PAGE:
Kigali, Rwanda — Coffee exporters in Rwanda who get loans from the country's Development Bank (BRD) will receive their credit in dollars rather than the local currency, the franc to avoid losses for both bank and its clients.
The Rwandan Franc experienced spells of slides against the dollar last year which caused a miff among traders as many lost during currency exchanges when the local currency shrinked against the greenbacks.
Now as a caution to cushion against the situation, the Development Bank of Rwanda (BRD) will be disbursing loans to clients in United States of America dollars, in a major policy amendment announced towards the close of last year.
Emmanuel Karuranga, the director of credit administration at BRD explains that the move is also aimed at protecting exporters against losses resulting from currency conversion that may occur when they change earnings from their exports into local currency to settle their debts in the local francs.
He said the move followed a request from the coffee dealers which the bank had to grant after consultations with relevant authorities.
When the Rwanda Central Bank was contacted for a comment, Governor Claver Gatete said they would assess the policy to ensure it's consistent with other priorities for the general stability of the economy.
Edward Ojulu a senior business analyst explains that the move also has advantages for the bank.
"Disbursing loans in dollars is however, also good for the bank that has had to convert dollars sourced in order to lend to clients in local currency in the process incurring conversion-related losses. After recovering loans from borrowers, the bank again converts Rwandan Francs into hard currency to settle its obligations with lenders abroad; again incurring conversion related losses," observed Ojulu.
Under the new policy review, the exporters will borrow in dollars and pay back in dollars.
"It is a win-win situation for the bank and the clients," said Evode Nshimimana BRD's director of operations.
So far, the bank is working with over 40 cooperatives in the coffee sector.
The development bank disbursed about RWF8billion or over US$ 12million in 2012.By the end of October 2012, Rwanda's export receipts from different sectors stood at US$385 million compared to US $315 million from January to October in 2011 representing a 22% increase with the traditional exports of coffee and tea accounting for a combined total of US$ 100 million.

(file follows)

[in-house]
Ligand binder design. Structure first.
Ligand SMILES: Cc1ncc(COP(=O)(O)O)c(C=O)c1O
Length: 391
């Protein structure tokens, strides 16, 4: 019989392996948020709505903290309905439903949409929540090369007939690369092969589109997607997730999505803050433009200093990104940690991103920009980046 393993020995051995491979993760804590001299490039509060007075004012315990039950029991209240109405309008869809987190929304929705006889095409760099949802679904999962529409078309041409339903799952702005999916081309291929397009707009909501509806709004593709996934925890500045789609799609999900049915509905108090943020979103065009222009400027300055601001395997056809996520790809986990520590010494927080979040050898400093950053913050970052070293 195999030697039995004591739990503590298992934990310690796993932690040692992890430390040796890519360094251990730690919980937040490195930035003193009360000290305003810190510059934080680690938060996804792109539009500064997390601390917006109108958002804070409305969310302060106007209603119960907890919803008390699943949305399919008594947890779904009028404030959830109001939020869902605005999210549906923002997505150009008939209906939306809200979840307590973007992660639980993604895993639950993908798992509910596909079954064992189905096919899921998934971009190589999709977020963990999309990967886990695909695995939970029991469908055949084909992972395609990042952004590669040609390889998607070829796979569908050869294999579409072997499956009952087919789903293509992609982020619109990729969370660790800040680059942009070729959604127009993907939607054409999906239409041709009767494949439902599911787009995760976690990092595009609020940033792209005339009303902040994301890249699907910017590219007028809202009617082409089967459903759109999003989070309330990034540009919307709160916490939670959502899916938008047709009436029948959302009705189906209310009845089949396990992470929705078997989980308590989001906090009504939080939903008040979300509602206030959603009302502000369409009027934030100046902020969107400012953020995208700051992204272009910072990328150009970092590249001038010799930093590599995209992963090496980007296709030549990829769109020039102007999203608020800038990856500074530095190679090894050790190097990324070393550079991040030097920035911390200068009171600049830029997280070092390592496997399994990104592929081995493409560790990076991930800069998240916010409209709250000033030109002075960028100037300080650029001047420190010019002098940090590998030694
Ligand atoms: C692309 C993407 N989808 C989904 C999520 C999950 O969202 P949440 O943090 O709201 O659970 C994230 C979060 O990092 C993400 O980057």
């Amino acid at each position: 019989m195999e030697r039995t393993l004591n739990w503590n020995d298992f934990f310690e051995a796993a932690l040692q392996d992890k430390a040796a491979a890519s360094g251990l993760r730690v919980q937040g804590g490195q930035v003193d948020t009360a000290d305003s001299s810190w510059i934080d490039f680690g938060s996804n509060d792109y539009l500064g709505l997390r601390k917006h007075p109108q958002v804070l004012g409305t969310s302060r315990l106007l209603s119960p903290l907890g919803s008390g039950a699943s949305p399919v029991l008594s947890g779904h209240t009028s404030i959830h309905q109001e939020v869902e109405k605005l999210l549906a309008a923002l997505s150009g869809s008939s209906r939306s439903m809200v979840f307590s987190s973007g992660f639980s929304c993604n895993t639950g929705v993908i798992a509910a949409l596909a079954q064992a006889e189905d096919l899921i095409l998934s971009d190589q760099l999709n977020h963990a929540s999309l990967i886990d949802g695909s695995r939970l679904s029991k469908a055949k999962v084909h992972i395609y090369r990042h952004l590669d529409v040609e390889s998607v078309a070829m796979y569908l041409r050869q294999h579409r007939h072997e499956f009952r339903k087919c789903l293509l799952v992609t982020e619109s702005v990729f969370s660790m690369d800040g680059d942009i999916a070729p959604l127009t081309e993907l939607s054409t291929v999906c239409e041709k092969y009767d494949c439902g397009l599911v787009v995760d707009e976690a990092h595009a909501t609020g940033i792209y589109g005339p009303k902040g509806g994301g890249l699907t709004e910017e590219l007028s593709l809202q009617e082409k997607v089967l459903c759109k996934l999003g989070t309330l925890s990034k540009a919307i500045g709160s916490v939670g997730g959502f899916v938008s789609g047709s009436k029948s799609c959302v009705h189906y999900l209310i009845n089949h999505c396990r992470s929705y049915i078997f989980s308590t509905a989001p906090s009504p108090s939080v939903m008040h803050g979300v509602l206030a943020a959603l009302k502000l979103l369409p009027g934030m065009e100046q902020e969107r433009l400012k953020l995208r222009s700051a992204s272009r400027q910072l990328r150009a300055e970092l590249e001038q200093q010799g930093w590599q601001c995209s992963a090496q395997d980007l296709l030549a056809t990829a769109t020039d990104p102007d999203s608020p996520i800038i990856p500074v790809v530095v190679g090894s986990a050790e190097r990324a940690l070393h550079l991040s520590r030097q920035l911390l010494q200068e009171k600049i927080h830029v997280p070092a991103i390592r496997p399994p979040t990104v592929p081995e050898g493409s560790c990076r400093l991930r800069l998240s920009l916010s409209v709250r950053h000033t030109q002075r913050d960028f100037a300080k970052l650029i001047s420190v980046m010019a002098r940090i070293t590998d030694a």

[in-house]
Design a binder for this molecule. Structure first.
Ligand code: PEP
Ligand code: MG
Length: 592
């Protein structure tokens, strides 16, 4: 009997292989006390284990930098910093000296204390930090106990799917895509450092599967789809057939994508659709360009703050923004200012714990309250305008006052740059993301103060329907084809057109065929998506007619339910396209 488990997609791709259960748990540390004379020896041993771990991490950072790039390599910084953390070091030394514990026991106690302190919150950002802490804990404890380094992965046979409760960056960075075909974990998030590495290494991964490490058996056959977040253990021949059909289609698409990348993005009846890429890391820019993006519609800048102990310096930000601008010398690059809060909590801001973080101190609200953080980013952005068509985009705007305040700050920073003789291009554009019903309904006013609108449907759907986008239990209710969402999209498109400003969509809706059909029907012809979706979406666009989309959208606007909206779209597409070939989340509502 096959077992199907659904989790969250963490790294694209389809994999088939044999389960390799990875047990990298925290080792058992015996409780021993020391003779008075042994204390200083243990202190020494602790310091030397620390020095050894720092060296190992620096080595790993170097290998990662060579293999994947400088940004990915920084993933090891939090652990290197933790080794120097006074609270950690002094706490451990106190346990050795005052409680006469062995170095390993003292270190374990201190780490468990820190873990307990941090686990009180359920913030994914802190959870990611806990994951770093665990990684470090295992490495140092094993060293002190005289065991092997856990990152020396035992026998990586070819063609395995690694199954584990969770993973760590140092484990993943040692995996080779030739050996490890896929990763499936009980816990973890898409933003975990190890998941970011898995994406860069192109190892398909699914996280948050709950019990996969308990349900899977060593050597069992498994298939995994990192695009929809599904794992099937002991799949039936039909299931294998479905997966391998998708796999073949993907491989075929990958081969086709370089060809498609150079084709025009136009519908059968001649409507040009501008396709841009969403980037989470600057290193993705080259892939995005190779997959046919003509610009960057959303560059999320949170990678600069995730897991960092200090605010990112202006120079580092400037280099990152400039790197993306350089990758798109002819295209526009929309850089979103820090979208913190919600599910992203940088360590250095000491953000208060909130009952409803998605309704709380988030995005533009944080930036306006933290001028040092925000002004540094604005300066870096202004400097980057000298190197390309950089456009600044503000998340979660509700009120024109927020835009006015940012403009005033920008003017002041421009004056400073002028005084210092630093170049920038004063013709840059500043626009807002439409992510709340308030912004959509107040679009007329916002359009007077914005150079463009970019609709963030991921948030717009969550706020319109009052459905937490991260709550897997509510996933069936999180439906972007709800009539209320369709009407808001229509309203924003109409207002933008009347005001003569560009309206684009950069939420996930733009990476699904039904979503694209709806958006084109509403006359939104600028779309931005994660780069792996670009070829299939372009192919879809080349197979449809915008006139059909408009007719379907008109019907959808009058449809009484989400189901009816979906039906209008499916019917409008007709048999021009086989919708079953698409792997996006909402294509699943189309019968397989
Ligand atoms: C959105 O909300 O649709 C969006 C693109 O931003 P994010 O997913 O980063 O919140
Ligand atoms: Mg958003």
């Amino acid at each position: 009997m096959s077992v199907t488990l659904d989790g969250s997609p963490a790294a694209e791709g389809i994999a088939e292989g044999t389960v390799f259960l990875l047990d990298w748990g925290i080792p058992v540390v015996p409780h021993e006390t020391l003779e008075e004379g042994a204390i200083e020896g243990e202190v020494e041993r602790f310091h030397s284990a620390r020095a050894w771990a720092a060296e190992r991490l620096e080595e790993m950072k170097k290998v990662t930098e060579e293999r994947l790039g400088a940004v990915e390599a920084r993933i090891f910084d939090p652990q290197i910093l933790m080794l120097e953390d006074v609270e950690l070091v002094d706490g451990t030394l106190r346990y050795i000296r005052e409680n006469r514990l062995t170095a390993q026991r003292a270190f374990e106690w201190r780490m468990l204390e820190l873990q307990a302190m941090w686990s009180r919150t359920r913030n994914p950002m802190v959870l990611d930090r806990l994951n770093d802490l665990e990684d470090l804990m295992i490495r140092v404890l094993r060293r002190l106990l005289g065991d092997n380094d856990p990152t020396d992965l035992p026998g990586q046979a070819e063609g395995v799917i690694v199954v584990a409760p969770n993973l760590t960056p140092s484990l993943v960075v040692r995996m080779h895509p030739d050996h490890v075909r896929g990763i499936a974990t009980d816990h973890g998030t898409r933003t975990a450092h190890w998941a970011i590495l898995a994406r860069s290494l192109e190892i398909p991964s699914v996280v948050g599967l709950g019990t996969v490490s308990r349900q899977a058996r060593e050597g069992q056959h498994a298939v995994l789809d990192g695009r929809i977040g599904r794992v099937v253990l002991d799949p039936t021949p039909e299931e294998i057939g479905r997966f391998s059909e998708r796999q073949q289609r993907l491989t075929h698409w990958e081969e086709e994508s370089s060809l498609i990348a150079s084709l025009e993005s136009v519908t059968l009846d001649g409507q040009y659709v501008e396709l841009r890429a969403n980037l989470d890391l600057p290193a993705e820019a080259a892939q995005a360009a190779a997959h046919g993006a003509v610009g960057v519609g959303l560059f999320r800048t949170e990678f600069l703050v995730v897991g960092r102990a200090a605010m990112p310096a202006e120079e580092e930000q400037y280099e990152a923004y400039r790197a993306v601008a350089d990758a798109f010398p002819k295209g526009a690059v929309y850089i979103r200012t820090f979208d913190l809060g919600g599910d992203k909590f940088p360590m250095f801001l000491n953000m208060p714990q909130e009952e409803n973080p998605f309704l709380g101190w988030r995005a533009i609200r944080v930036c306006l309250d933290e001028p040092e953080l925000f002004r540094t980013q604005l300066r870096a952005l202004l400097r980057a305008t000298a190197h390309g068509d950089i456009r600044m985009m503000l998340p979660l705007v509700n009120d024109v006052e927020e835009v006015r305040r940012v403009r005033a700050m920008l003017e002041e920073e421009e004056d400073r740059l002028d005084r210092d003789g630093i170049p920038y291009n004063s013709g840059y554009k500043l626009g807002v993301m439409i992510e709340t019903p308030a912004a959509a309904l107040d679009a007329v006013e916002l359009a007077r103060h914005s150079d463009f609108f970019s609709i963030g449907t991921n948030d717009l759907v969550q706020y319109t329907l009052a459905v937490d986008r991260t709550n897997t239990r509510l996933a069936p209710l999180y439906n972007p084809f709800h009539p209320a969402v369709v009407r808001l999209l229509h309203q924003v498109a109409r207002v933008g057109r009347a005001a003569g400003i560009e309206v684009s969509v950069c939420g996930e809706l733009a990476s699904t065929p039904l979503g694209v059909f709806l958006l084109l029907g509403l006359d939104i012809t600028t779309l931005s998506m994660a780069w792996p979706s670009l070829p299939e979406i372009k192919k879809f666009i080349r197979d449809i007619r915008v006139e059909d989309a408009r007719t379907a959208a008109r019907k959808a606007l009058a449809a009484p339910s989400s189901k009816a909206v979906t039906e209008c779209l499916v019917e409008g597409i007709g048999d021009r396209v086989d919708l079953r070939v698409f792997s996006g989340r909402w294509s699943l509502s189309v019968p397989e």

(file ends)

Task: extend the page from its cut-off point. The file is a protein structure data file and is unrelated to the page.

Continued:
The coffee sector alone is thought to have earned the country $61 million between January and October which was expected to hit $70million after November and December receipts were added representing a $17million increase from $44million earned during the same period in 2010.
The non-traditional and other exports including re-exports raked in a combined total of US$ 285 million receipts as of October with two months to end the year.
Tourism which is fast becoming Rwanda's most reliable source of foreign exchange is estimated to have generated US$210.5 million between the months January to September, 2012 compared to US$184.4 million generated in 2011 during the same period, posting an increase of 14%.
But the coffee sector is expected to experience a lower season this year after a relatively good one last year, a normal trend expected as coffee trees take time to rejuvenate.
Besides the low season, last year coffee exporters didn't make much despite the high volumes following the decline in prices on the international market.
Rwanda has about 90 million coffee trees with over 400,000 coffee farmers operating on an estimated area of about 35,000 hectares. However, the productivity from the sector has been low.
According to Rwanda's National Agricultural Exports Board (NAEB), Rwandan coffee is among the top rated coffees in the US, European and the Asian coffee markets.